Anna’s Blog – How the Nationality and Borders Bill Affects Victims of Modern Slavery
The Nationality and Borders Act became law on the 27th April, after being passed back and forth through parliament for several months. The Act contains many controversial proposals that will affect the treatment of refugees and victims of modern slavery, making it more difficult for vulnerable people to receive support.
Modern slavery is the illegal exploitation of people for personal or commercial gain, such as forced labour, debt bondage, and drug trafficking. Many people are unaware of the significant scale of victims in the UK, and across the world. Numbers are rising year on year, with over 12,000 people referred for support in 2021 across the UK, but there are estimated to be around 100,000 victims per year according to The Centre for Social Justice.
What many people don’t realise is just how many places you could meet people trapped in modern slavery- it could be your local shop, nail bar, car wash, farm or construction site. In 2017, a Bristol couple were arrested for forcing dozens of people from Slovakia to work at their car wash, spending their earnings on gambling and cars. In the same year, 11 members of a Lincolnshire family were jailed for violently exploiting at least 18 people to work on their farm. The family targeted homeless people and men with learning disabilities, keeping them in caravans without running water or toilet facilities. The National Crime Agency’s Vulnerabilities Director notes “As you go about your normal life, there is a growing chance you will come across a victim.”
The Nationality and Borders Act will remove support for people who have taken part in criminal activity, but almost half of victims of modern slavery in the UK last year were forced to commit crimes, meaning they will now be ineligible for support. The bill also introduces a 12-month time limit, known as a ‘reflection period’, for victims to come forward with evidence. Being a victim of modern slavery is extremely traumatising, so it is unlikely people will feel able to come forward within this year-long time frame. Damaging the credibility of victims for their silence is unethical, harmful, and only adds to a hostile immigration environment. Rather than treating victims as criminals who will be afraid of coming forward for fear of being deported we need to create a system that supports and protects vulnerable people.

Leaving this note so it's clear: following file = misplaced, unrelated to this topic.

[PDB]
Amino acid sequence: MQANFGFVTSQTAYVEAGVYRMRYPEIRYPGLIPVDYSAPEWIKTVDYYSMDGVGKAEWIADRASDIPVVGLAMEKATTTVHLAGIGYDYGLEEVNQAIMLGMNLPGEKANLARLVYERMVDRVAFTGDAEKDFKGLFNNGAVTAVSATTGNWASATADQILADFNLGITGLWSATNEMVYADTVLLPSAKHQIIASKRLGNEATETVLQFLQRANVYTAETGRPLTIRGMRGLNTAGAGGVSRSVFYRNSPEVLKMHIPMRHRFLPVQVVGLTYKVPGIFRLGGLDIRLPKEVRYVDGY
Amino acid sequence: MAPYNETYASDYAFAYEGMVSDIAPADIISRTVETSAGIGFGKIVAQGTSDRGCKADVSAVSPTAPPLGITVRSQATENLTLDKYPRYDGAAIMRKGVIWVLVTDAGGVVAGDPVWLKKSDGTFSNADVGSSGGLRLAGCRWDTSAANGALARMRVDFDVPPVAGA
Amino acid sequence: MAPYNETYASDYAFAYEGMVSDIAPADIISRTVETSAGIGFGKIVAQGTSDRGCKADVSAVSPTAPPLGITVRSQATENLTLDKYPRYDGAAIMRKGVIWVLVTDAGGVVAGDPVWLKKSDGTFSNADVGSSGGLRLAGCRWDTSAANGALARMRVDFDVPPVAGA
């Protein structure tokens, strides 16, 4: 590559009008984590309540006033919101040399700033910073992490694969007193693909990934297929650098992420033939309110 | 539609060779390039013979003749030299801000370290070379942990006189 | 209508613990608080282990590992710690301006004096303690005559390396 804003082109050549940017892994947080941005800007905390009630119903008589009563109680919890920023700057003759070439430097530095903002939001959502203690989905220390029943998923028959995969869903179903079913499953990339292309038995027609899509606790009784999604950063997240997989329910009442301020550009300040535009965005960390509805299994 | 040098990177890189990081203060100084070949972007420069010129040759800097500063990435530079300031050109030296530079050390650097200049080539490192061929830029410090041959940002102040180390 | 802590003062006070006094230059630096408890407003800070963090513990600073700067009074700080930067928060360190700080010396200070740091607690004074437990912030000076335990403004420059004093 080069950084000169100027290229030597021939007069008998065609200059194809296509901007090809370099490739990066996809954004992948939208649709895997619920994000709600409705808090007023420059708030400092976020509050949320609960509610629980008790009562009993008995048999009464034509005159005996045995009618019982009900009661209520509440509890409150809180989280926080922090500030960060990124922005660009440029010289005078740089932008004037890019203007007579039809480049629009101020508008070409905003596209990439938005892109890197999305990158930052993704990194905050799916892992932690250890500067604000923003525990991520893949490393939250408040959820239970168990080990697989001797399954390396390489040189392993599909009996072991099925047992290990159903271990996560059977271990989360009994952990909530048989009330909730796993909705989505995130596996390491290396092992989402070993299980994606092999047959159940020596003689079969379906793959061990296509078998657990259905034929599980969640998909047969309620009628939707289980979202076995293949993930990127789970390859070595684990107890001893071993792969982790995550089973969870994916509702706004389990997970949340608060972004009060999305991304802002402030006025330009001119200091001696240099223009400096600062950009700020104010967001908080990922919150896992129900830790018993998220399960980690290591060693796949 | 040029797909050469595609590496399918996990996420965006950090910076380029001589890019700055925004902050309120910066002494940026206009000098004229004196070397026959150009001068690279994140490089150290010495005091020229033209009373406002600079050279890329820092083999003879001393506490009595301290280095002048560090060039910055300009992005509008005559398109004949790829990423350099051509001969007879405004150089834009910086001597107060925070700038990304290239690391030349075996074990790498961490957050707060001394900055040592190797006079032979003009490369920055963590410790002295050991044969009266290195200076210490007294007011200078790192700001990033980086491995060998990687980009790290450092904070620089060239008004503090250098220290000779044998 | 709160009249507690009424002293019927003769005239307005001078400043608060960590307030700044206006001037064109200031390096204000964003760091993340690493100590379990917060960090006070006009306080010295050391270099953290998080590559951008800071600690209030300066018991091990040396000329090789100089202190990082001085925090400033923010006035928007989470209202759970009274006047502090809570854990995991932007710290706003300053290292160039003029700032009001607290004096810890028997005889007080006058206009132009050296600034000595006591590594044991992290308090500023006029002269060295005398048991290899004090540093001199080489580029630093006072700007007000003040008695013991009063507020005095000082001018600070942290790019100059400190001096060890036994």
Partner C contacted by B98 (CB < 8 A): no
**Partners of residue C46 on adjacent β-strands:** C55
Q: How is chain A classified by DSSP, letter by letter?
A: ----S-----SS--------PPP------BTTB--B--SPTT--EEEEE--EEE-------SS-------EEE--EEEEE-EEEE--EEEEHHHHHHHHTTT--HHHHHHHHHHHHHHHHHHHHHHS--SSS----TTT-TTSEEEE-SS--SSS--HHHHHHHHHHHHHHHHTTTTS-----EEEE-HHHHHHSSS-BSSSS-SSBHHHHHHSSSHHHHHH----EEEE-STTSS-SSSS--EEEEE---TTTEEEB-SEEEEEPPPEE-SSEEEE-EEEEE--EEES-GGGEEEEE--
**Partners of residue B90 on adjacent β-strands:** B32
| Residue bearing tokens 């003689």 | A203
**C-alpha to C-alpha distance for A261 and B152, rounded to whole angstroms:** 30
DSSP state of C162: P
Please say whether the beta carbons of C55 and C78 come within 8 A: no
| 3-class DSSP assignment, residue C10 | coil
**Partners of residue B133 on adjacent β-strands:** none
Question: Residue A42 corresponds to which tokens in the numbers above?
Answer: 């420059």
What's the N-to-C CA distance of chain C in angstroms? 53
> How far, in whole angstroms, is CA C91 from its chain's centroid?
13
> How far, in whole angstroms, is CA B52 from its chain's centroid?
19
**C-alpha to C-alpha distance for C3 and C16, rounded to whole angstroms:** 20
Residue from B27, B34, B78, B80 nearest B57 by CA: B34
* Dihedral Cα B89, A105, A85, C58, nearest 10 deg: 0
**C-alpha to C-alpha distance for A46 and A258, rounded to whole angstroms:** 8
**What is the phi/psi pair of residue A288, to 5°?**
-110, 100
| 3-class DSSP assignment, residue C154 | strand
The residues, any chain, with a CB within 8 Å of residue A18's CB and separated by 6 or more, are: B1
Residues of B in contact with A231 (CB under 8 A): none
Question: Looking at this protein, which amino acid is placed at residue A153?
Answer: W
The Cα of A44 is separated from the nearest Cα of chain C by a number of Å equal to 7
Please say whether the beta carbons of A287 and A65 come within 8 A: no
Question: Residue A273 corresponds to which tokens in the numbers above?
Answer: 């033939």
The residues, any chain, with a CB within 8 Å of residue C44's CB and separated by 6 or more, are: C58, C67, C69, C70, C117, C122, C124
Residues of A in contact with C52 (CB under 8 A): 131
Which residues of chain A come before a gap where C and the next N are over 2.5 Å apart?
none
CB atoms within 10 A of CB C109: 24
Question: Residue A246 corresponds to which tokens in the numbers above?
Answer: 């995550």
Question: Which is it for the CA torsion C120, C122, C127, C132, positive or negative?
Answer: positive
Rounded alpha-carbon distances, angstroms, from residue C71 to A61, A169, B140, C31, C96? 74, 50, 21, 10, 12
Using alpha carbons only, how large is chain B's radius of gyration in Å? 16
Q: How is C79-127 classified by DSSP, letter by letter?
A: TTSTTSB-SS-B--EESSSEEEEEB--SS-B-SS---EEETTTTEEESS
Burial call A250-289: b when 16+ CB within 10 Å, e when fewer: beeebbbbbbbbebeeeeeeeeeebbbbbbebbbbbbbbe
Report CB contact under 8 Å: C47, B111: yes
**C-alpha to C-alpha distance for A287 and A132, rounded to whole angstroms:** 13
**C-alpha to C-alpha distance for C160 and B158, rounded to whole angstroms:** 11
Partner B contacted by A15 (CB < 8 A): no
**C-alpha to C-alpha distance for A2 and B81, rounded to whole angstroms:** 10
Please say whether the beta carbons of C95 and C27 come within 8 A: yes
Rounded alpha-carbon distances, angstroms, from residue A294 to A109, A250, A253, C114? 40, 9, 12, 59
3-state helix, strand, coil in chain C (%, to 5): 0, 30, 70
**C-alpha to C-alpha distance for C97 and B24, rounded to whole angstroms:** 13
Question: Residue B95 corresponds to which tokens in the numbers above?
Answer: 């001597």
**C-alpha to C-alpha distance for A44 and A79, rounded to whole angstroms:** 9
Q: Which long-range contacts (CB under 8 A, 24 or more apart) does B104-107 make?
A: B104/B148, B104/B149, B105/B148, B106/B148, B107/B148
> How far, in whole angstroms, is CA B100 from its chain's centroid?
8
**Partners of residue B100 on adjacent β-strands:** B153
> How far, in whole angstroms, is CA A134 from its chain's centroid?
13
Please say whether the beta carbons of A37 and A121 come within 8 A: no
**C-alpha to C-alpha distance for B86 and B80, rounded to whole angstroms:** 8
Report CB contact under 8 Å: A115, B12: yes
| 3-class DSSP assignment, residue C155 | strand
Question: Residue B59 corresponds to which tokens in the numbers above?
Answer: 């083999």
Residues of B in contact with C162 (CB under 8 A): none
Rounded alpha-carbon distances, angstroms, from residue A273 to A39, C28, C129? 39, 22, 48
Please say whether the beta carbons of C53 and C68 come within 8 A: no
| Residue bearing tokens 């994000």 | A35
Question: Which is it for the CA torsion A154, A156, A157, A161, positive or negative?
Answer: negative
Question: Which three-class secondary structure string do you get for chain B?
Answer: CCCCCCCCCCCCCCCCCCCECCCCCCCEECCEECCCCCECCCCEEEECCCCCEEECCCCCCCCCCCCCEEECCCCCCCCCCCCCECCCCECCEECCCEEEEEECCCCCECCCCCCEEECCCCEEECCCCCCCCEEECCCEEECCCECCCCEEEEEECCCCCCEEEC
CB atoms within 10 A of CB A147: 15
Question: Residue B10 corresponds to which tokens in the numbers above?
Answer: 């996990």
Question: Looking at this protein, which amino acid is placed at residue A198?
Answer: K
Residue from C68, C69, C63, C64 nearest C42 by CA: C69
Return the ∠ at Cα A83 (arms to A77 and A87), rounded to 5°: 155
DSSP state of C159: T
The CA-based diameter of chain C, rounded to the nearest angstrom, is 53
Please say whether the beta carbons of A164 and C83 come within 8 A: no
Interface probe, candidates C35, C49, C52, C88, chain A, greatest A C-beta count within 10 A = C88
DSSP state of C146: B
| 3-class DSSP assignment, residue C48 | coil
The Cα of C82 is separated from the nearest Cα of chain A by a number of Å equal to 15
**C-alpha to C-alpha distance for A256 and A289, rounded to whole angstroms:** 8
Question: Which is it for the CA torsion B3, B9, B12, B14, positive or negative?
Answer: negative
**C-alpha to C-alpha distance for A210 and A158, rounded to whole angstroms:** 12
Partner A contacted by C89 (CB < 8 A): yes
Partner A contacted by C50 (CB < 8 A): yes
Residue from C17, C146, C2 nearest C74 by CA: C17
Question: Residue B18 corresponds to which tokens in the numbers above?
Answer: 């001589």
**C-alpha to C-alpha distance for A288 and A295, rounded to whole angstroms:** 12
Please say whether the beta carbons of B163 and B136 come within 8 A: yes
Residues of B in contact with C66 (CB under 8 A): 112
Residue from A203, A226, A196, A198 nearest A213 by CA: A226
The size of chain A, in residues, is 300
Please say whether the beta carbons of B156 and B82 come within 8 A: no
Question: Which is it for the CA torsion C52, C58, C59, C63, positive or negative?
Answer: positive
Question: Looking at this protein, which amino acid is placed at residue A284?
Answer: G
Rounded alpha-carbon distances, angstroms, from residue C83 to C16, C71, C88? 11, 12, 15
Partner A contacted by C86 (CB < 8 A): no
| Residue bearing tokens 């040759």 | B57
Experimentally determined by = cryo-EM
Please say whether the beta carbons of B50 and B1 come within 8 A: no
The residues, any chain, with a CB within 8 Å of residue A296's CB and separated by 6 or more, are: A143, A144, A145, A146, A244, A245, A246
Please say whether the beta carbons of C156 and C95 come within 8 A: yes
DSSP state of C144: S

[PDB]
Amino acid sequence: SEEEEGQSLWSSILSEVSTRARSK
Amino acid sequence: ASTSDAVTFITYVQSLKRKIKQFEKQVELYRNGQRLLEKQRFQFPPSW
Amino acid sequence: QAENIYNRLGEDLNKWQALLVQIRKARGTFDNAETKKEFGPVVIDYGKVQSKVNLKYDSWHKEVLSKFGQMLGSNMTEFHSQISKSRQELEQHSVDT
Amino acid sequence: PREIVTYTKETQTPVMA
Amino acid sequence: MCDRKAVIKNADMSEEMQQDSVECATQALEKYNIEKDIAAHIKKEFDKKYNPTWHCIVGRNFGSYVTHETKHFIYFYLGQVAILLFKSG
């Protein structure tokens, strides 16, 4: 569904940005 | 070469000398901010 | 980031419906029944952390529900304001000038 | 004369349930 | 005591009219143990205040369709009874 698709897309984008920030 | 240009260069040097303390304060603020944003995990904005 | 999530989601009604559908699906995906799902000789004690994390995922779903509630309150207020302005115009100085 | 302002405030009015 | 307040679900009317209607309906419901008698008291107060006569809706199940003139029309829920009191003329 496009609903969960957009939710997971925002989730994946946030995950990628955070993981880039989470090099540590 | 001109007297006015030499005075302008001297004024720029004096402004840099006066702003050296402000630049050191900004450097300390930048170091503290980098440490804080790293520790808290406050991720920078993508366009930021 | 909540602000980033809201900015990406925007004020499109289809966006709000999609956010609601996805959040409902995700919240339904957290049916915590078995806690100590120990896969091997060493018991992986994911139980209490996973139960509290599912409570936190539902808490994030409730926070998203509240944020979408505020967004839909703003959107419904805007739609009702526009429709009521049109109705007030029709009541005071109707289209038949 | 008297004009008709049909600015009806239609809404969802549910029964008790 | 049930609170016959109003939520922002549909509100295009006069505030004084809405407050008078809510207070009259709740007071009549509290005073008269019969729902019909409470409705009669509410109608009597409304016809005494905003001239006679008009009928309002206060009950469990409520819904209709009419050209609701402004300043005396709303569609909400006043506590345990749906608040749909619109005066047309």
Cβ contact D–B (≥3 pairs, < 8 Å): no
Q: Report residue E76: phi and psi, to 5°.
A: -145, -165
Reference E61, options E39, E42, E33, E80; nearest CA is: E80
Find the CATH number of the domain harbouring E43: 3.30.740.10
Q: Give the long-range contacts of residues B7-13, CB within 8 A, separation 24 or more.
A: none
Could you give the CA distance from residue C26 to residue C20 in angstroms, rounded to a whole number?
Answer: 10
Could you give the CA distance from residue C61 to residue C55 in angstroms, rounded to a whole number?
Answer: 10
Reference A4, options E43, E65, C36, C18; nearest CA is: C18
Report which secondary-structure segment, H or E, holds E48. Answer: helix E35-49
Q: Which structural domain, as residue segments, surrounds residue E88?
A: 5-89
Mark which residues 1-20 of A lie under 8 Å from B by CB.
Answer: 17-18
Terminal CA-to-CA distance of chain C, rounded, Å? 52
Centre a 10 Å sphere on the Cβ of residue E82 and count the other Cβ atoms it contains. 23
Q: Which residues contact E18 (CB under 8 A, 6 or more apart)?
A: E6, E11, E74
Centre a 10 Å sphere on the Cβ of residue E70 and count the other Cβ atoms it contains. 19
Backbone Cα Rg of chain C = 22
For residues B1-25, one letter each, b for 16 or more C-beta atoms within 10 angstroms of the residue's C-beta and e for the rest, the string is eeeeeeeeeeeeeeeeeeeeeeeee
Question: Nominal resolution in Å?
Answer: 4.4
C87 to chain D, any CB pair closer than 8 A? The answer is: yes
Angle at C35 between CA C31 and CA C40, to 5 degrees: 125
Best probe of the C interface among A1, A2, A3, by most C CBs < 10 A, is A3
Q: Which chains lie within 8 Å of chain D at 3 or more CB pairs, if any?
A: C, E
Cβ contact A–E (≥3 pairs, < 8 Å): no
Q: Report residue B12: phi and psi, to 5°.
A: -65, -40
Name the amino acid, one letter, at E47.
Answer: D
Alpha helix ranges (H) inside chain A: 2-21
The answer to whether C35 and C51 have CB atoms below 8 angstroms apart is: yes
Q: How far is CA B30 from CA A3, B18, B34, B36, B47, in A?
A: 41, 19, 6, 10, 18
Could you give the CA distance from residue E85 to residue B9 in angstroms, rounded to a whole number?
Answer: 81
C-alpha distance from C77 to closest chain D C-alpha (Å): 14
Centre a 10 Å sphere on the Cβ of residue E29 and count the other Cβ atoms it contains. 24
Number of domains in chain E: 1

When passing through the House of Lords, the Lords voted to remove several of the clauses, including the ‘reflection period’ and criminal record disqualification. They also requested to introduce a minimum of 12 months leave to remain the UK, but all of these amendments were rejected by the Commons. Even after people are recognised as victims, it doesn’t mean their migration status is automatically resolved. This is especially dangerous for children, who have no additional protections. In 2019-2020, only 17 out of 754 (2%) child victims of modern slavery in the UK were granted discretionary leave to remain, where hundreds were deported back to their home countries.
Recently, Olympic athlete Sir Mo Farah revealed that he was brought to the UK as a victim of child trafficking, and forced to work as a domestic servant. The Home Office responded, saying they wouldn’t take action against him for gaining citizenship under a false name. Anyone who has been trafficked and forced to work as a child slave should not have to worry about being prosecuted, and it shouldn’t take fame and recognition to be granted safety in the country they live in.
This bill has many clauses that will only aid in blocking victims from support, and make it more difficult for these vulnerable adults and children to be identified. The fear of being detained as illegal immigrants may prevent people who have experienced years of abuse, such as the victims described in Bristol and Lincolnshire, from coming forward to access the support they need. It took Sir Mo Farah 30 years before coming forward about his traumatic past, which far exceeds the 12-month ‘reflection period’. The way this bill responds to victims is a failure, and the inclusion of modern slavery in immigration law only furthers hostility towards asylum seekers, who escape difficult conditions in search of safety. We have a responsibility to protect the traumatised victims of slavery, no matter where they come from or how they arrived.